Founded in 1079 and extensively remodelled over the next five centuries by successive bishops, Winchester Cathedral contains a rich array of architectural styles, from the massive vaults of the early Norman crypt to the ornate glories of the Renaissance chantry chapels and the 14th and 15th century perpendicular Gothic Nave.
The Cathedral's exterior
Seen from Winchester’s surrounding hills, the Cathedral remains the city’s most prominent landmark. Winchester Cathedral is one of the largest cathedrals in the UK, with the longest nave and greatest overall length of any Gothic cathedral in Europe. It is also an outstanding example of each of the main phases of English church architecture from the 11th until the early 16th century, when much of the current building was completed.
The Chantry Chapels
The Cathedral is famous for its beautiful chantry chapels, where daily masses were said for the bishops who built them. A total of seven, all in different styles, were added between the 14th and 16th centuries. This is more than any other English cathedral, reflecting Winchester’s great power, wealth and royal connections.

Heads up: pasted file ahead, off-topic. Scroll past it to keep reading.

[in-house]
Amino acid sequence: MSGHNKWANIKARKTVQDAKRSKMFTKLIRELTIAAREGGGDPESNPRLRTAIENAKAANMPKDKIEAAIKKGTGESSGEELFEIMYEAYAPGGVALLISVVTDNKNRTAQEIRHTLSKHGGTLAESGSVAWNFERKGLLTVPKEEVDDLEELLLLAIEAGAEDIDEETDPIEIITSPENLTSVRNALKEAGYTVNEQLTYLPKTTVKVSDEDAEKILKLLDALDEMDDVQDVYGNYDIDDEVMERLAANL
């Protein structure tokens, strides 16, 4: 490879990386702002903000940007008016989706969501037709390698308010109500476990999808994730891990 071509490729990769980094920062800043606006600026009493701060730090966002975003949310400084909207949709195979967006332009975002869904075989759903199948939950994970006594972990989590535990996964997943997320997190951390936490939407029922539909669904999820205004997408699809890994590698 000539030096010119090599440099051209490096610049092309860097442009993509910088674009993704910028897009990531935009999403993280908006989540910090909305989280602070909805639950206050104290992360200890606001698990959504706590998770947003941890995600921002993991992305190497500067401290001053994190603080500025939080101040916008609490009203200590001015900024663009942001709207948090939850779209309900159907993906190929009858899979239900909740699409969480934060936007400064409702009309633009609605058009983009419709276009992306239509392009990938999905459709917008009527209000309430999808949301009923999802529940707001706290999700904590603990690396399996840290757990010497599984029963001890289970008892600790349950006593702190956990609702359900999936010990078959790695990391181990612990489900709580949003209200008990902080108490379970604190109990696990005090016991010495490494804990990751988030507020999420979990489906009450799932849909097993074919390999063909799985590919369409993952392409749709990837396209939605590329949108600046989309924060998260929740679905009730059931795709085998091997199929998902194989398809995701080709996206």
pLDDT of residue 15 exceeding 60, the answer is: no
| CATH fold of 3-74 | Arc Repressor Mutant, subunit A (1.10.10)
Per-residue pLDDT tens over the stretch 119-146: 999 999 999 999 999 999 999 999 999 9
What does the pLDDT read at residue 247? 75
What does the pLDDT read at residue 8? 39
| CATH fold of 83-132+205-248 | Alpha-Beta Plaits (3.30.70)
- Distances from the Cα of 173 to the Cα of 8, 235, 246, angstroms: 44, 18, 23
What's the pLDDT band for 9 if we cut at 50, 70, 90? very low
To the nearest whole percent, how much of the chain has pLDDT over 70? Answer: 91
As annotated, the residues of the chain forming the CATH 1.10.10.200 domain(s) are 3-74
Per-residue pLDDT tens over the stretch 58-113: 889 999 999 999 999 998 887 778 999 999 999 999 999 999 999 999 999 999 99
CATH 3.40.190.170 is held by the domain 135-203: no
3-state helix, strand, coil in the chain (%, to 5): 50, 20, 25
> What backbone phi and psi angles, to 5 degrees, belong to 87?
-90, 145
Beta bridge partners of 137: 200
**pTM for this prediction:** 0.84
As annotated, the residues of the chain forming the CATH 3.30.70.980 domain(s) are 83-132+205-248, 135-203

In the early 1300s, Bishop Henry Woodcock created a new presbytery (where the altar stands at the heart of the building) to replace the original Norman Romanesque apse. The presbytery’s two great arches are supported on a magnificent feretory screen, one of the Cathedral’s gems and a masterpiece of the decorated style.
The Nave was transformed at the expense of successive bishops in a magnificent example of architectural remodelling. The work was begun by Bishop Edington and continued by Bishop William of Wykeham. Wykeham’s architect, William Wynford, re-clad the original three-tiered Norman walls in the latest Perpendicular style. He completed the nave’s spectacular vault under Wykeham’s successor, Cardinal Beaufort.